The roast dinner is one of Britain’s most beloved dishes. London’s only Michelin-star pub spills the gravy on why. Find out the origins of the meal, its connection to royalty and why Yorkshire puddings are a crucial addition.
Britons’ love of a roast dinner meat is well known and dates back to the reign of Henry VII, when the Yeomen of the Guard (the king’s personal royal guards) would eat roast beef every Sunday after church, earning them the nickname Beefeaters.
While roast beef was a staple among royalty, the dish’s growth in popularity was helped along by 19th-century chef and author William Kitchener, who published a popular recipe book in 1817 called The Cook’s Oracle, advising that everyone should eat 3kg of meat per week, along with a pint of beer and 2kg of bread every day. People listened, and levels of meat and bread consumption rose. For reference, that’s around eight baguettes every 24 hours – not for the faint-hearted or wheat intolerant. Today, the roast dinner is a regular Sunday fixture in British households.
“The Sunday roast is a massive part of tradition in the UK,” says Sally Abé, head chef at the Harwood Arms, London’s only Michelin-star pub. “People have been eating roasts on Sundays for hundreds of years. Traditionally you’ll have a roast joint of meat, which could be beef, chicken, lamb or pork. It always comes with roast potatoes and lots of vegetables. There’s always a big jug of gravy and normally a big Yorkshire pudding as well.
“Our most popular roast is definitely roast beef. People see it as a luxury and an extravagance to save for a Sunday, as it’s something that they might not want to cook at home or be able to afford during the week. We have a history with roast beef in this country, so it’s a nice traditional thing to eat.”
From the royal household, the tradition of eating roasted meat on a Sunday spread through the populace, assisted by the traditions of the Roman Catholic and Anglican churches. They dictate that no meat is to be eaten on Fridays and that believers should fast before Sunday services. After eating fish on Friday and not eating at all before church, people were more than ready for a large meal when Sunday service wrapped up.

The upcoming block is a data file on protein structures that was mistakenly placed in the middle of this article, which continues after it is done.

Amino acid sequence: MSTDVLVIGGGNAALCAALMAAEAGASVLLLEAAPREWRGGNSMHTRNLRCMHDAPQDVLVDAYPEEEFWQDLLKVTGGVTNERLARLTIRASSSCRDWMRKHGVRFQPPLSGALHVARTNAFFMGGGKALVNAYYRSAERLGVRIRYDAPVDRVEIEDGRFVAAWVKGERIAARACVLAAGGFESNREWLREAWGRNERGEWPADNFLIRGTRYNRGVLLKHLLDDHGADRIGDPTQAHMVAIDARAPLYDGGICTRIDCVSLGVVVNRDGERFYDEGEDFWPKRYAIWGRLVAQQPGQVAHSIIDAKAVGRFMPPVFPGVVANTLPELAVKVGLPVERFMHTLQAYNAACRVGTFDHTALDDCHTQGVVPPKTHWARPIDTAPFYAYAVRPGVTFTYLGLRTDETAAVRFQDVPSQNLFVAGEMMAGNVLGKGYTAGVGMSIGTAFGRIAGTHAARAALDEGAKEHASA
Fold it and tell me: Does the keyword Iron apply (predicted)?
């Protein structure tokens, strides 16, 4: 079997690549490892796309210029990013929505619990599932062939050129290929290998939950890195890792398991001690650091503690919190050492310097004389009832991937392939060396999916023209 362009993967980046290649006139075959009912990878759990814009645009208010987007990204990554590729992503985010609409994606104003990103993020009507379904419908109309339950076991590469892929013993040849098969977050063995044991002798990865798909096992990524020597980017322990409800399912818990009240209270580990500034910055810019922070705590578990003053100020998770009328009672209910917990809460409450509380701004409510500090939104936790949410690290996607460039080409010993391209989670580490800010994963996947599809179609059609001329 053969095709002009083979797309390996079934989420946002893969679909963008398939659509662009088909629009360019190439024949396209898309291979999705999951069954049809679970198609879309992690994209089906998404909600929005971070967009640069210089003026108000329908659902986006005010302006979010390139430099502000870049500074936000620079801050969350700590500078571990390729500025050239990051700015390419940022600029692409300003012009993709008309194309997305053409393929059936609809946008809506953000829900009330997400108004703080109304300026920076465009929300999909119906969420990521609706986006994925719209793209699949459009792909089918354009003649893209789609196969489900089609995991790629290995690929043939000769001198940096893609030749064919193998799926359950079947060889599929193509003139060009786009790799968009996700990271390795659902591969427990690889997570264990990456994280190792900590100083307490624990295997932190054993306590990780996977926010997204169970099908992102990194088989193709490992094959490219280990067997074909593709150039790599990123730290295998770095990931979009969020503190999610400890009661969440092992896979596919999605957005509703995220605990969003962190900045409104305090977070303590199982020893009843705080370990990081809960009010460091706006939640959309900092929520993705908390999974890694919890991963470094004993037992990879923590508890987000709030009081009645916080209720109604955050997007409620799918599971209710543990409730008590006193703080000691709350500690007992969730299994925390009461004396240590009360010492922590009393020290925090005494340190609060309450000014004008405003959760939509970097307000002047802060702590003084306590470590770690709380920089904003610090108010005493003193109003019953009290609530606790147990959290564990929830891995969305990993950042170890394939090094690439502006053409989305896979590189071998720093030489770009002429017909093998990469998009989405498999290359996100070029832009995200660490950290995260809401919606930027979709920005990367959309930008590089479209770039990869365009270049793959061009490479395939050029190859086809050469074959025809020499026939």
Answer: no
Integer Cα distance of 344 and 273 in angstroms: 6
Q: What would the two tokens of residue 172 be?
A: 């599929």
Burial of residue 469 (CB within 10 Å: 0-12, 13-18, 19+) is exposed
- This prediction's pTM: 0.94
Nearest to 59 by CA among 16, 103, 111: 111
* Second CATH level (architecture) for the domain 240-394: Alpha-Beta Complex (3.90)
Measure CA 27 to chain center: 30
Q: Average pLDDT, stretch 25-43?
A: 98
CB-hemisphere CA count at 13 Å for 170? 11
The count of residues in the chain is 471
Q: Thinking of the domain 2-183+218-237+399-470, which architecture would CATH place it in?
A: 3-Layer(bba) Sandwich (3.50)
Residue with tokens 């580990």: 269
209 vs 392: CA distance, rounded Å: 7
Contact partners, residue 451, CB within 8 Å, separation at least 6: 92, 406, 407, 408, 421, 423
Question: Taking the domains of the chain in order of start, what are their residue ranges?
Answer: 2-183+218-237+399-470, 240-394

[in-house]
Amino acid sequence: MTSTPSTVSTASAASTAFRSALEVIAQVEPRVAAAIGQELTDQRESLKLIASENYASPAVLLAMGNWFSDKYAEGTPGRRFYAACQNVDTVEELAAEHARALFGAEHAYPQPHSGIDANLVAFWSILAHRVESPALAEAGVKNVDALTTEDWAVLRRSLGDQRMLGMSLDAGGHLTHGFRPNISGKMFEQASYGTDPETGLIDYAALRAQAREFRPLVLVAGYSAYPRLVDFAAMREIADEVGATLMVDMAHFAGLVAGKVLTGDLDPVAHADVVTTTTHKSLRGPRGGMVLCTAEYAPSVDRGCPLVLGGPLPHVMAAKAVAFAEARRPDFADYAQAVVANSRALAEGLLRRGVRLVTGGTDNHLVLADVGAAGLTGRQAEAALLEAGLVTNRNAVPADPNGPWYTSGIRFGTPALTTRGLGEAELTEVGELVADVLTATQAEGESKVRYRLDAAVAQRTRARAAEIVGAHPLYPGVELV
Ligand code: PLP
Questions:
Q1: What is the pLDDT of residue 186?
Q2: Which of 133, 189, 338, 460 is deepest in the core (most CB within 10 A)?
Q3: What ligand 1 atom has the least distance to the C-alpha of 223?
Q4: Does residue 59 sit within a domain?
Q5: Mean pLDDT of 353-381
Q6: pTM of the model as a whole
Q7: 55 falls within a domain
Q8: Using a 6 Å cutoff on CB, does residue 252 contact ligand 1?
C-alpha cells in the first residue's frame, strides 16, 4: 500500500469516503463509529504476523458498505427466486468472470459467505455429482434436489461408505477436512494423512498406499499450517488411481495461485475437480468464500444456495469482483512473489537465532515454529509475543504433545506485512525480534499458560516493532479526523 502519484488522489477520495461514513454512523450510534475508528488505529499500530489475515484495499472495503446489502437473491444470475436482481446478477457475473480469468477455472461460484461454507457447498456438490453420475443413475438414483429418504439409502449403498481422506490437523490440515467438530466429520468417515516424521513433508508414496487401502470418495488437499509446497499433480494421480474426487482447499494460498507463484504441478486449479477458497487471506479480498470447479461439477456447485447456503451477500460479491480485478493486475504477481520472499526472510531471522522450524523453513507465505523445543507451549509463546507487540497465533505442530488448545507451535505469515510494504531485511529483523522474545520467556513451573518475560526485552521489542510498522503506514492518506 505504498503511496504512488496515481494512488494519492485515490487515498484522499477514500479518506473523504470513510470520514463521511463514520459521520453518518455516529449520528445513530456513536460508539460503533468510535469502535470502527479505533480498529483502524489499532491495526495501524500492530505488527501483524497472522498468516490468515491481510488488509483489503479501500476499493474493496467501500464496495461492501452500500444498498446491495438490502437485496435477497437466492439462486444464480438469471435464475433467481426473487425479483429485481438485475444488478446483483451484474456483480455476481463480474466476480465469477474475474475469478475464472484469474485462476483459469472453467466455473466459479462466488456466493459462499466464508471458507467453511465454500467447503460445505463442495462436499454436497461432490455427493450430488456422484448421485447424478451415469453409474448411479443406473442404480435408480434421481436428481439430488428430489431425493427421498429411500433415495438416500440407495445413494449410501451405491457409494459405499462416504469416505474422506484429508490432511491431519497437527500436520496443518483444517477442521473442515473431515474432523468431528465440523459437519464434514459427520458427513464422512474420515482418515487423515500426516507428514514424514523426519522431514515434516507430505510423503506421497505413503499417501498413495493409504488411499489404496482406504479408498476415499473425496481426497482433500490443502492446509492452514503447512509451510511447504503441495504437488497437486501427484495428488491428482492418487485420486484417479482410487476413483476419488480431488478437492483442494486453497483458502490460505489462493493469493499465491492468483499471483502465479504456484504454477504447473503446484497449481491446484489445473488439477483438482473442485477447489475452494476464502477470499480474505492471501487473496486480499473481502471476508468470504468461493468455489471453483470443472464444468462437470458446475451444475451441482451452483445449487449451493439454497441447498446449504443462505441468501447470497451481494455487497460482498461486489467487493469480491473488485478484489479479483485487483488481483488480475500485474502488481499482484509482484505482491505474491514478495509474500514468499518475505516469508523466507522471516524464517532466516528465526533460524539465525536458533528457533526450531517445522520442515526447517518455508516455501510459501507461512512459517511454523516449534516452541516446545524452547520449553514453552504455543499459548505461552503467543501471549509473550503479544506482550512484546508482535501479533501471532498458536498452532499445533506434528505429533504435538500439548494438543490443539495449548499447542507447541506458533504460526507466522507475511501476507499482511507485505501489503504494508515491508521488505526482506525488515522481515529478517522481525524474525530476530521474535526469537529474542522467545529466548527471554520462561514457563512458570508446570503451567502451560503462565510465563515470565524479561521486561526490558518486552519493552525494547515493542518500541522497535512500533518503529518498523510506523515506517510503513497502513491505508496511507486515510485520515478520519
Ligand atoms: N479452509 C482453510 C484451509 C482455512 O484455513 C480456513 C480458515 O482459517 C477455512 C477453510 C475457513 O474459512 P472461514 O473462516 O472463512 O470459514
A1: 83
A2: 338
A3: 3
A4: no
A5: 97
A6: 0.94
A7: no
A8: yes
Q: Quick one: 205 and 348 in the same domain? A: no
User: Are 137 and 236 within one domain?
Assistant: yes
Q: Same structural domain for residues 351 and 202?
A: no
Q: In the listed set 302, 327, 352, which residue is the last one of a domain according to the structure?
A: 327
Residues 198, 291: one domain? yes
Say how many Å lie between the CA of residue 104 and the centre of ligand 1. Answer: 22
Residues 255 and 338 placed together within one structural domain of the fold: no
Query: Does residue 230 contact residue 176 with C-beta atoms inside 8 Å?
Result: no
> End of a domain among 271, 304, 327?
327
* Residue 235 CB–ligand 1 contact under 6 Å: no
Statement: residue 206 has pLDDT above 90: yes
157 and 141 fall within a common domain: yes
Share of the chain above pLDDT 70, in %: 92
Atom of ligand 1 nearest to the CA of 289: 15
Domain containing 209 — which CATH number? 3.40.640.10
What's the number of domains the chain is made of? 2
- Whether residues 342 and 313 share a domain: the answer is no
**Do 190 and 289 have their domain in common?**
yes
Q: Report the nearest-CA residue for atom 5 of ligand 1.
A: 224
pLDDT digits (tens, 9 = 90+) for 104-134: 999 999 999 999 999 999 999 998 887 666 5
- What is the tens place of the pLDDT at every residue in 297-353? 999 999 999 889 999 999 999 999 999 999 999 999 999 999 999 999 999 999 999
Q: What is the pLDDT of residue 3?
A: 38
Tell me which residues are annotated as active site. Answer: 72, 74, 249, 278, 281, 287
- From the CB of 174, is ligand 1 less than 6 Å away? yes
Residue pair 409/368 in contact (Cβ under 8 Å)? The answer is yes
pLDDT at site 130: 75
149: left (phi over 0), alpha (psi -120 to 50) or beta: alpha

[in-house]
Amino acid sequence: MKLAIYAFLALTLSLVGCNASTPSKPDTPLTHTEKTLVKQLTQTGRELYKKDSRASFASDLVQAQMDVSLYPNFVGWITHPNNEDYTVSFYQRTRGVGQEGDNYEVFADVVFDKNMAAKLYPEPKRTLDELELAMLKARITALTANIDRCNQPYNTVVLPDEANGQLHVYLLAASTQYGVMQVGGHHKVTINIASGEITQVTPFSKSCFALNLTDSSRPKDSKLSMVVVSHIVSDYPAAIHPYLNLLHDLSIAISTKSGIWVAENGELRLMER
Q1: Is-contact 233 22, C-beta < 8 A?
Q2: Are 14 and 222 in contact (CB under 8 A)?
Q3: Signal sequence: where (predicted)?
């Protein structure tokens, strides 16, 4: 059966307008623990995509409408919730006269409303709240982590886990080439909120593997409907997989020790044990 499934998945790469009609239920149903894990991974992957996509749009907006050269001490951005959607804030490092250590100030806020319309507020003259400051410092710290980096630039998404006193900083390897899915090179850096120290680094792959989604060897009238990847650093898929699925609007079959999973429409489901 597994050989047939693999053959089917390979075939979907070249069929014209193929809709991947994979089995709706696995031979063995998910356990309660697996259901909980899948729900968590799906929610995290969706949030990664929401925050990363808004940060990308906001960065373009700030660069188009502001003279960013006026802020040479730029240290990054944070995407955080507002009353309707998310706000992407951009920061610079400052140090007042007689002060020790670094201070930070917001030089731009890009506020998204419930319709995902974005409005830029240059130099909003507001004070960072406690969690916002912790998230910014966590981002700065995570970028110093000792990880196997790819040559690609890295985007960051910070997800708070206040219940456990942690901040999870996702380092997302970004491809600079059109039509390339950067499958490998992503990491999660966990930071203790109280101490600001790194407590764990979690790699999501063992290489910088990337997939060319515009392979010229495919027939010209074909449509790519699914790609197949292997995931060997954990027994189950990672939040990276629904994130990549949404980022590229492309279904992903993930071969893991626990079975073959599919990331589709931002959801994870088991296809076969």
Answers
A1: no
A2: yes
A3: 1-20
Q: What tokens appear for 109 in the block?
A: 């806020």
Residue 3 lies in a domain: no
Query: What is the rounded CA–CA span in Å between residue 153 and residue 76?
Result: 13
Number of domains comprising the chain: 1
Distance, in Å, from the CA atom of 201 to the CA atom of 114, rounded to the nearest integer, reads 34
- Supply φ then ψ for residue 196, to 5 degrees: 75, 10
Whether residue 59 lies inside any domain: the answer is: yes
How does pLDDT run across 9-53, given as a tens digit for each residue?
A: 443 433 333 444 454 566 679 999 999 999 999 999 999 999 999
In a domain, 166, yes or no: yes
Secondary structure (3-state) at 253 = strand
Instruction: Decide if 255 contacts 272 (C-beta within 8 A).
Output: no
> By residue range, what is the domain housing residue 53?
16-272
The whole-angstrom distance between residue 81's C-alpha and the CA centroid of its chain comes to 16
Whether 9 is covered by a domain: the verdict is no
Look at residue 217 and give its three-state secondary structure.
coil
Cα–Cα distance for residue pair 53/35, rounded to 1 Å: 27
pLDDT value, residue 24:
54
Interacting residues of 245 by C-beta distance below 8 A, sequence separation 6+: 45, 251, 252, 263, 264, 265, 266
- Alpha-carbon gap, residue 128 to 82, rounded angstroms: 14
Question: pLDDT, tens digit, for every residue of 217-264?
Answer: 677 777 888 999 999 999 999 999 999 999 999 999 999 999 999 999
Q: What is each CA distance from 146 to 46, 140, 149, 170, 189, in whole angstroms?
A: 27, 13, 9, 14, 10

It’s believed that the custom spread from Yorkshire, where families would drop off their joints of meat at the local baker’s before heading to church. Many people did not have an oven large enough at home, and as bakeries didn’t make bread on Sundays, the ovens were free and cooler than the usually scorching temperatures required for baking bread. By the time church service ended, the meat was ready to eat and would be carried home. Vegetables and Yorkshire puddings would often be cooked in the same pan as the meat, to pad out the meal. It was also important that the joint stretch to another two or three meals through the rest of the week in the form of pies, hash or bubble and squeak.
Everyone’s mother cooks the best version of this meal, and what’s on the plate will change depending on preference, dietary choices and seasonality. But the crucial elements are meat (or a vegetarian alternative such as nut roast or plant-based protein), roast potatoes, vegetables and gravy. Beef, lamb, chicken and pork are the most widely used, with specialised accompaniments for each. It would be heinous to serve horseradish sauce with chicken, for example, but unthinkable to have beef without it. Yorkshire puddings, the addition of which is one of the best ways to double-carb, are traditionally served only with beef, but in reality no one will bat an eyelid if you have one with your lamb and mint sauce.
Common vegetables include carrots, parsnips, swede and green beans – but really anything goes. Gravy is a must, however. The potato, now an essential element of the Sunday roast, wasn’t widely eaten in the UK until the late 1700s. Despite arriving in Europe via the Spanish when they conquered Peru in 1536, in England the humble spud was regarded with suspicion and distaste. Only when it was realised that potatoes could help with food shortages did the Board of Agriculture launch a campaign in 1795 extolling their benefits, and they soon became the staple ingredient we know today.
“What makes our roast so special is the attention to detail in every single element,” says Abé. “From the four-to-five-day-aged sirloin of beef that we use to the Yorkshire puddings that are stuffed with braised beef and bone marrow, to the bone-marrow gravy. You’ve got some beef-fat-roasted potatoes on there, and then glazed parsnips and carrots. Everything is … freshly seasoned and has big, big flavours. And it’s a great-sized portion as well.
“One of the things we do slightly differently here at the Harwood Arms is actually serve the roast on big sharing boards for two people to share. We want it to be a family meal and have everyone around to enjoy it.” This tradition is continued even by those who cook the meal for others, Abé says. When the pub is very busy, “the whole team pulls together and does their job, and everybody’s sort of on fire and moving and flowing together as one, and it’s really nice to work like that.”
While meat supplies are more readily available now than they were during the 18th century, the roast dinner remains a welcome Sunday treat. Although plant-based diets and a growing interest in more global cuisines might have caused its popularity to slide, the frequently fully booked Harwood Arms shows that it’s still going strong. As Heston Blumenthal, owner of the Fat Duck at Bray, says: “The world would be a far worse place if the tradition of Sunday lunch were to disappear.”
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